From moose season to flu season, the best and worst times for RCM

As leaves change color and birds fly south, and so too do healthcare revenue cycles experience unique ebbs and flow throughout the fiscal year.

Revenue cycle experts Jim Lazarus, managing director of strategy and innovation with The Advisory Board Company's revenue cycle solutions division, and Michael Orseno, vice president of revenue cycle with Regent Surgical Centers in Westchester, Ill. spoke with Becker's Hospital Review about what they have come to expect in cash flow during healthcare's financial seasons.

Oftentimes, fluctuations in hospital revenue cycles are geographically driven, particularly in those regions susceptible to seasonal tourism. For example, hospitals and health systems in Vail, Colo., will typically generate higher patient volumes and an increased number of complex medical cases in snowier months when there is an influx of winter sport vacationers, says Mr. Lazarus. Florida hospitals will see a similar uptick in patient volumes, and a correspondingly more active revenue cycle, during summer months, he says.

Market demographics can alternately slow down a medical center's revenue cycle at certain times of the year. Regent's surgical center in Alaska, for instance, experiences a slowing of surgical productivity and revenue flow during moose hunting season, says Mr. Orseno. "During this season we now know that almost all of our physicians will be out of the office."

Revenue cycles can be particularly lively at hospitals during flu season when clinical and physician visits tend to soar and the care services rendered are more straightforward. Ambulatory surgery centers, on the other hand, will see their revenue cycles disrupted by surgery cancellations as patients fall ill. Hospitals and surgery centers  prepare from both a staffing and business perspective to ensure revenue operations run smoothly during these most contagious months. "We make sure that all our staff are cross-trained [within our centers] to mitigate the effect of losing employees to sick leave during flu season," says Mr. Orseno.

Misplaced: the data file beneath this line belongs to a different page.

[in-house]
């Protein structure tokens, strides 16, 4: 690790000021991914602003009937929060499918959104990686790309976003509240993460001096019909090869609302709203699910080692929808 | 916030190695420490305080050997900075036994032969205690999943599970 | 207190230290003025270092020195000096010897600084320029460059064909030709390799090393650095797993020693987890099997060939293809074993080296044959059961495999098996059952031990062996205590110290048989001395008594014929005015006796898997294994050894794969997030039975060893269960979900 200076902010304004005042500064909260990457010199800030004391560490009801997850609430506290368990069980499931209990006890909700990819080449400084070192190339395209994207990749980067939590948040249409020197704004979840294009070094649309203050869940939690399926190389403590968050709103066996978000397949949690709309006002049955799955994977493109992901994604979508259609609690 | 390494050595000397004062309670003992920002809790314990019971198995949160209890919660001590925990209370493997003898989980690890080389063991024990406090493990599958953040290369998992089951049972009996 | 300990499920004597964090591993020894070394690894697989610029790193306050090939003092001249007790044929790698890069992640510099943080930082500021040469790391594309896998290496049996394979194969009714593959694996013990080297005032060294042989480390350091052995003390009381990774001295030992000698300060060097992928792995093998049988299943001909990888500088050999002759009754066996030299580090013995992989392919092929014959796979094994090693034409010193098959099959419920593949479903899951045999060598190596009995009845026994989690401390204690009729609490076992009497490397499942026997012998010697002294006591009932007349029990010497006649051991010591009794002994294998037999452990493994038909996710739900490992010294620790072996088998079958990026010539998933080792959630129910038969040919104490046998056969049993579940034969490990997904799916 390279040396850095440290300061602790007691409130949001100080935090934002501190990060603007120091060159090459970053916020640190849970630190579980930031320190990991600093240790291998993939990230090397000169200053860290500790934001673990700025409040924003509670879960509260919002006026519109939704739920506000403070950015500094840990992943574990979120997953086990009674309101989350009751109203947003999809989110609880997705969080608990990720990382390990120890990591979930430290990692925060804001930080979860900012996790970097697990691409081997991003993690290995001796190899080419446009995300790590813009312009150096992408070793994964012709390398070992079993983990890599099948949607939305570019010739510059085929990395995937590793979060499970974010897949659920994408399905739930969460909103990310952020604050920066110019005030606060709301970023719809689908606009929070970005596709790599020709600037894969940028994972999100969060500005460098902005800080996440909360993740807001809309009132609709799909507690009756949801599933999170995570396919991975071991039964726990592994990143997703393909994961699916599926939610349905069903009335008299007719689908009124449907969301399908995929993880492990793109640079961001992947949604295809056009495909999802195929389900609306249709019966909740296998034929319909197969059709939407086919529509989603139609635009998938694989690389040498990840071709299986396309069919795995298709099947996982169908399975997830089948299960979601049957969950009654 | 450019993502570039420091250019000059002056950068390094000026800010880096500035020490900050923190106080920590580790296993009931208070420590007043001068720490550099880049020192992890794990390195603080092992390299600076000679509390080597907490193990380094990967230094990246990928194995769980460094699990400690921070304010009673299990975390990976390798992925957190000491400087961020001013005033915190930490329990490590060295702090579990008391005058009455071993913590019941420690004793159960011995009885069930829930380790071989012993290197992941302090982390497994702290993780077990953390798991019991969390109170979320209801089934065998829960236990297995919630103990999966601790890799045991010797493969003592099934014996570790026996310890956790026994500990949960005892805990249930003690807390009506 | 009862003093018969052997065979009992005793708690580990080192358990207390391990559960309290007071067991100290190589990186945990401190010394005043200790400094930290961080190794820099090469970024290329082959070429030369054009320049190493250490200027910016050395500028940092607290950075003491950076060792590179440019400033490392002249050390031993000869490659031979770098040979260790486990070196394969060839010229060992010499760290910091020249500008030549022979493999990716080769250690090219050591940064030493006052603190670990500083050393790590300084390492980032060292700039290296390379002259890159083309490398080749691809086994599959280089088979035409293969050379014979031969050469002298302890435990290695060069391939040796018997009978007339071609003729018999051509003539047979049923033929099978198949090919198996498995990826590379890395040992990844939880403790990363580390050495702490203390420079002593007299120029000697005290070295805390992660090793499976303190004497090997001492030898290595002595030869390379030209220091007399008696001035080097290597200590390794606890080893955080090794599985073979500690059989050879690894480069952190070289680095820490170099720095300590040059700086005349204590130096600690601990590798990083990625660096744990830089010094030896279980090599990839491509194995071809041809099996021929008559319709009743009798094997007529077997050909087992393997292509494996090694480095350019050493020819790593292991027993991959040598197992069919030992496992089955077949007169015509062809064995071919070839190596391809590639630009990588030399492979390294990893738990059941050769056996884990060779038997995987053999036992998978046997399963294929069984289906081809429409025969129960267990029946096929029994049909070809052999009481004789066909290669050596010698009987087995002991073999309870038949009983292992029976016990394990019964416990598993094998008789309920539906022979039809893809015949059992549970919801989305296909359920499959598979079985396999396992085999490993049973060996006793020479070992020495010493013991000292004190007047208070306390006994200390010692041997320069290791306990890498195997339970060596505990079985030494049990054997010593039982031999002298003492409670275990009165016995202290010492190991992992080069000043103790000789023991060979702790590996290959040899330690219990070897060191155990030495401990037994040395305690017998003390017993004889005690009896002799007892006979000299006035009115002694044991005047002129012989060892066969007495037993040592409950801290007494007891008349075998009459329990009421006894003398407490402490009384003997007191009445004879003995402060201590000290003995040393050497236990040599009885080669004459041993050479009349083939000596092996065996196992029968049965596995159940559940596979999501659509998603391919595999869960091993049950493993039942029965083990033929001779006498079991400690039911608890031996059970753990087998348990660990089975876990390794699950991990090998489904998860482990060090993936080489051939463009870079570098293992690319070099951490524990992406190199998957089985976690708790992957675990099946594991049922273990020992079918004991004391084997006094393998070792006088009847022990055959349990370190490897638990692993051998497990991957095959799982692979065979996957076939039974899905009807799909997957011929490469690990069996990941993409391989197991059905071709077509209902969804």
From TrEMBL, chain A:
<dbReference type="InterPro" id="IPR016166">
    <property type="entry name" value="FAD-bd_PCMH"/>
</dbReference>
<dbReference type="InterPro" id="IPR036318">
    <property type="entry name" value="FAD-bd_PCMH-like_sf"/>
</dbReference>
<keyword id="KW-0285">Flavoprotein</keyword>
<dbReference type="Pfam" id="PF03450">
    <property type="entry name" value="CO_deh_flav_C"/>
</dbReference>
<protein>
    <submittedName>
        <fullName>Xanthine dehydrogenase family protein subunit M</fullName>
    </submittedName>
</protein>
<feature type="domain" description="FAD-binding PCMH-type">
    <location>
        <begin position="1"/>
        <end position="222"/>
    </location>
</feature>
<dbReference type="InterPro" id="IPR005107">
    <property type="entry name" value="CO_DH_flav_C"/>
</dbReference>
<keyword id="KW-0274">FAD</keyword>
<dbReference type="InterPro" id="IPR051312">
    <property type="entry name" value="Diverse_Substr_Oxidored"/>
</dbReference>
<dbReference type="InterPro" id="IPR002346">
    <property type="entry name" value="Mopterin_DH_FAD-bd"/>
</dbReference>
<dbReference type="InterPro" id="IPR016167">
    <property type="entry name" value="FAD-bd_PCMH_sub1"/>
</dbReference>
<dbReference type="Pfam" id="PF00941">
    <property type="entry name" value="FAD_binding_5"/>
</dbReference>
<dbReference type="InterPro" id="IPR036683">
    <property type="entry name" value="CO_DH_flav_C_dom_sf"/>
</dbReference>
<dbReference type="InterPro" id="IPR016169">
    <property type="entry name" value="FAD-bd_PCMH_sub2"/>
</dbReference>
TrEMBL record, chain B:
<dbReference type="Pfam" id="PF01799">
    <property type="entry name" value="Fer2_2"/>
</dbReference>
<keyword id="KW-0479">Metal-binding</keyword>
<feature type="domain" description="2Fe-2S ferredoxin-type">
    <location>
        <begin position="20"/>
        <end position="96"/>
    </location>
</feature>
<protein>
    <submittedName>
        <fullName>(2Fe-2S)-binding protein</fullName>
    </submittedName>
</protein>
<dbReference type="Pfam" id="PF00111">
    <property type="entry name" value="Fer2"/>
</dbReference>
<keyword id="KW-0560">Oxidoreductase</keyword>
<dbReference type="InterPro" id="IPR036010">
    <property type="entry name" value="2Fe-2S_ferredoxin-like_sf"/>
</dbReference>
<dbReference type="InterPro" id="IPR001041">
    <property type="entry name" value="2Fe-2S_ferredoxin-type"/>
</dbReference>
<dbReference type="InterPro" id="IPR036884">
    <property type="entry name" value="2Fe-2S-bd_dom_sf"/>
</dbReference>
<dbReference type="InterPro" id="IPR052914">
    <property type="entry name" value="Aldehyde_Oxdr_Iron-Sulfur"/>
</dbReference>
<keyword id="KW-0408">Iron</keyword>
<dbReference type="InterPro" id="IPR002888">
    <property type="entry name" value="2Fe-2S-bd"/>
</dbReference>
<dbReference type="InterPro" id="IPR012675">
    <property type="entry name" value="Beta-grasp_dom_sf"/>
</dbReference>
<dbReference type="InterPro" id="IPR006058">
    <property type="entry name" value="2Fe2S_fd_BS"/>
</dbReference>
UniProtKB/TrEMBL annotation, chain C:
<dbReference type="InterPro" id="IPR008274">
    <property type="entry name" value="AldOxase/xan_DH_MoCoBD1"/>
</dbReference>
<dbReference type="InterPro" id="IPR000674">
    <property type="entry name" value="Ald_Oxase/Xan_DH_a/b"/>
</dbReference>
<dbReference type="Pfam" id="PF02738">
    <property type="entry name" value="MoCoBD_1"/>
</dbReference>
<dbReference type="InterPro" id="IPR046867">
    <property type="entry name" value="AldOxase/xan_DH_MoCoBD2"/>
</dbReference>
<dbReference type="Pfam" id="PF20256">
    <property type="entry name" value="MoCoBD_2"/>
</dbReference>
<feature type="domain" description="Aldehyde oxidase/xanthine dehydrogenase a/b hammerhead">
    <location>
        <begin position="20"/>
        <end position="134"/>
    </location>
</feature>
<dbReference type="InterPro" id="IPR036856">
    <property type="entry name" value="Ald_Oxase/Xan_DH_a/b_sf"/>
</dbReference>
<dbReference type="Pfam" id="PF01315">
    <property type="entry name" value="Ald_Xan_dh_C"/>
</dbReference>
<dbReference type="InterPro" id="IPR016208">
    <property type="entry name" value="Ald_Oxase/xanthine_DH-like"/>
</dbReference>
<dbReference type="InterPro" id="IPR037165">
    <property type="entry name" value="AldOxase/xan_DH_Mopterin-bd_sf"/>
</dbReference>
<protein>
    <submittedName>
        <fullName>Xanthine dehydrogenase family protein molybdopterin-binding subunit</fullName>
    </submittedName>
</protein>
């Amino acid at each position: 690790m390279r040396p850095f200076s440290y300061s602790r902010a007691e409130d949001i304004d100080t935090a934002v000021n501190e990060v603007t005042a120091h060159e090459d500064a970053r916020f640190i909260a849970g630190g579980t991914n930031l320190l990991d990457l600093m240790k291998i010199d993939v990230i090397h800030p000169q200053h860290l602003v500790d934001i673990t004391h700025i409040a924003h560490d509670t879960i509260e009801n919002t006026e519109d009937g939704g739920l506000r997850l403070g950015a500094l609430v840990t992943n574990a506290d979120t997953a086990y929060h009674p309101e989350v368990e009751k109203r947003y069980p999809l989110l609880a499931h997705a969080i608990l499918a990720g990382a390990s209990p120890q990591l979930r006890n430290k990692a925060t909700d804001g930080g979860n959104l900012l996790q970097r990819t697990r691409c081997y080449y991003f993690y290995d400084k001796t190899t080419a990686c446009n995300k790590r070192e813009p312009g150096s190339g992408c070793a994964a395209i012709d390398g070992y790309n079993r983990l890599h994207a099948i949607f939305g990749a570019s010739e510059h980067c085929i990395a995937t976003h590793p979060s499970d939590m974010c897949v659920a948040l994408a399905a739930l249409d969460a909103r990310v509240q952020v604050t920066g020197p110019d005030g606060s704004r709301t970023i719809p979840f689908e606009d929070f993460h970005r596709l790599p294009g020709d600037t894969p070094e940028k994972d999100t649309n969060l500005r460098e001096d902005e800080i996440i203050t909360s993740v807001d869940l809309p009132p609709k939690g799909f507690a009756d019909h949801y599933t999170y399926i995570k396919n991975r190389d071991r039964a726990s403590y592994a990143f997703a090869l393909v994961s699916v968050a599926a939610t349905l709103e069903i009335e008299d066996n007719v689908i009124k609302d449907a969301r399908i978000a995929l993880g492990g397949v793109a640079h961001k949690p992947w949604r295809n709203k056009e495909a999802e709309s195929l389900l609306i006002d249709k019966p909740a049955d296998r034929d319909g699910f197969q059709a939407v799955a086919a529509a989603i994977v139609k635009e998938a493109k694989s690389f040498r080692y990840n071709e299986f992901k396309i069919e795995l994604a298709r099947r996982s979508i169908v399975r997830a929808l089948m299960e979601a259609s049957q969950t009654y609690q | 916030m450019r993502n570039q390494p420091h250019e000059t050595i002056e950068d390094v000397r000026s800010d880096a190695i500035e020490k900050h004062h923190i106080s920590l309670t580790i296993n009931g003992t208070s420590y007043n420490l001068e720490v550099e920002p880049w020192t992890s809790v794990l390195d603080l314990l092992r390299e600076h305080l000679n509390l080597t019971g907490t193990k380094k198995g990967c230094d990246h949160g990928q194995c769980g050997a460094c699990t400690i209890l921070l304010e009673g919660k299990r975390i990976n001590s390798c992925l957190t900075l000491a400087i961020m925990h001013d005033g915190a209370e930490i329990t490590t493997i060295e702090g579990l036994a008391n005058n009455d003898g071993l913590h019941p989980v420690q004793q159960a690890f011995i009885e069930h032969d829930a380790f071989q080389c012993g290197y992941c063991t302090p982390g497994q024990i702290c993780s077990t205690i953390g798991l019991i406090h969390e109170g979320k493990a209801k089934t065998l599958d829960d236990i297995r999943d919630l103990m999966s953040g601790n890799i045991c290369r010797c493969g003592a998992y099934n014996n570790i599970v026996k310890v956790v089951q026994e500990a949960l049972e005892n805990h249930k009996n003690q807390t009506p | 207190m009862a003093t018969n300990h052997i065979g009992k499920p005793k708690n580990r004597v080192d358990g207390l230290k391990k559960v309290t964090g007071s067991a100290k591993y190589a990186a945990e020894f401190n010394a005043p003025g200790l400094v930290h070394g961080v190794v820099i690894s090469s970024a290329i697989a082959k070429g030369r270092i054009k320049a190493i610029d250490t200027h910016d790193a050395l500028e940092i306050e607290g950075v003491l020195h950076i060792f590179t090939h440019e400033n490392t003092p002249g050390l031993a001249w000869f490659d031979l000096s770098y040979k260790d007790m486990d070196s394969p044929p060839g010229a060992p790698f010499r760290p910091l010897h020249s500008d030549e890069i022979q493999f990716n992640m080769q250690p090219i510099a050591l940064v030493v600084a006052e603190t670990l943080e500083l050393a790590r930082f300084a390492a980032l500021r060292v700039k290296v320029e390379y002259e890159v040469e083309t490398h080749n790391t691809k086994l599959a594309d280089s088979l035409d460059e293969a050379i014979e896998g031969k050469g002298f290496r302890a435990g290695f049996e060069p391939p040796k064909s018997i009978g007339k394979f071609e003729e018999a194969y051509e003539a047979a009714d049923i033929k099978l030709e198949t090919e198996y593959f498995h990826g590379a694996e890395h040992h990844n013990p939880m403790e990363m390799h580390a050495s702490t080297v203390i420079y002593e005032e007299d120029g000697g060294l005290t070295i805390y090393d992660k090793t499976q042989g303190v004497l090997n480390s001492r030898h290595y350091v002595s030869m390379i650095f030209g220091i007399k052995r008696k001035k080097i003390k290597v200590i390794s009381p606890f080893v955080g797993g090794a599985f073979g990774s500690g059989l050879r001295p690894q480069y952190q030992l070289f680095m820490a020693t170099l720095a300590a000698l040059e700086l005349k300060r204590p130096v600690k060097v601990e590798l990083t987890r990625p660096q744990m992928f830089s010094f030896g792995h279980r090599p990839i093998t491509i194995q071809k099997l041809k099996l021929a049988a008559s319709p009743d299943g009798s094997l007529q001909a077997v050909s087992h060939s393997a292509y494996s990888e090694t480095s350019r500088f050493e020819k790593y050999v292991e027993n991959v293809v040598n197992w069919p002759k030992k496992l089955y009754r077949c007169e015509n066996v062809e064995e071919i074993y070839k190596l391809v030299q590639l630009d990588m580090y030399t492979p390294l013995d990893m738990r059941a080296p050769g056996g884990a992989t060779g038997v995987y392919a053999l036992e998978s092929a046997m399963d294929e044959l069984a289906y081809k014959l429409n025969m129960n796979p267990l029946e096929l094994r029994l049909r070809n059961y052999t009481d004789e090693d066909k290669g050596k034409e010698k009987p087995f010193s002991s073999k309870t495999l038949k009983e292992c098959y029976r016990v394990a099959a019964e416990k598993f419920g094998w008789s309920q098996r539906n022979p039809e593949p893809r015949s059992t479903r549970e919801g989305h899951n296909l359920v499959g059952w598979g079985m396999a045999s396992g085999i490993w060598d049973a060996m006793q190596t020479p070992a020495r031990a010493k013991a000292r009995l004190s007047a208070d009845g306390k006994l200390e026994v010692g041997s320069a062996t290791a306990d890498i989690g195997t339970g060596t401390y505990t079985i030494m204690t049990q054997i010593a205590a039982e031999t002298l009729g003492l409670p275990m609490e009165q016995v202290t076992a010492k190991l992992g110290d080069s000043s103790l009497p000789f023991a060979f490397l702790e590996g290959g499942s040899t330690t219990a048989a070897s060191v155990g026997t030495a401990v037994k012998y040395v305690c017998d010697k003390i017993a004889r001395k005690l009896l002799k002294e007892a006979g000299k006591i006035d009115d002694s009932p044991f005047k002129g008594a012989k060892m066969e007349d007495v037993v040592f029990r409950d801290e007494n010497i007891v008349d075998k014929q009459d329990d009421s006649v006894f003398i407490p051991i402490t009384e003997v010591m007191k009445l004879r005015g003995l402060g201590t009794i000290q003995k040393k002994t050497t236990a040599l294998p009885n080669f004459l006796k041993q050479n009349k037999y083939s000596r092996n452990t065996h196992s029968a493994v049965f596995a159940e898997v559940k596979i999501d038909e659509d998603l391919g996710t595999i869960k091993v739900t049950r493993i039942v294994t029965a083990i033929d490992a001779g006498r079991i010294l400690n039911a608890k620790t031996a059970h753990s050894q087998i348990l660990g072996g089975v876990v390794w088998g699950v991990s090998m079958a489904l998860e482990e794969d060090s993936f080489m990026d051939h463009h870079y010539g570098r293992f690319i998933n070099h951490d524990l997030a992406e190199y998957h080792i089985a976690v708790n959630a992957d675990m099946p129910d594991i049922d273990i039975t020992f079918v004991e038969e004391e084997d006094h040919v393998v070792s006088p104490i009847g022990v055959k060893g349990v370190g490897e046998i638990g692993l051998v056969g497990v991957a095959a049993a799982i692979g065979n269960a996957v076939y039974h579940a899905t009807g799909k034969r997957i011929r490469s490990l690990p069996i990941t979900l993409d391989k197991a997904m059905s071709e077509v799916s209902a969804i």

Revenue cycle patterns will reflect national holidays as well, according to Mr. Lazarus. On Labor Day and Memorial Day, traditional travel holidays for many Americans, hospitals may experience comparatively lower volumes and less revenue than fall and winter events, such as the national return to school in September.

At different times of the year, different parts of the revenue cycle can be more active than others.When patient insurance policies renew at the beginning of the year, patient access teams will bare the brunt of revenue cycle activity during the first financial quarter, Mr. Lazarus says. The new year brings new policies, new patient benefits, new paperwork and new patients to register and adjudicate, all of which must be managed efficiently and accurately at the front end of the revenue cycle.

Cash flow and collections processes at the RCM backend tend to run more smoothly in the third and fourth quarters when medical centers turn their collection focus from patients to payers. "As a direct correlation to our revenue cycle, we see days in accounts receivable typically drop in the latter half of the year," says Mr. Orseno. 

The RCM backend is also abuzz with financial reporting in the two to six weeks following the end of a hospital's fiscal year, Mr. Lazarus adds. If the fiscal year ends at a similar time to when new insurance policies start, then a hospital's entire revenue cycle will stay particularly busy.

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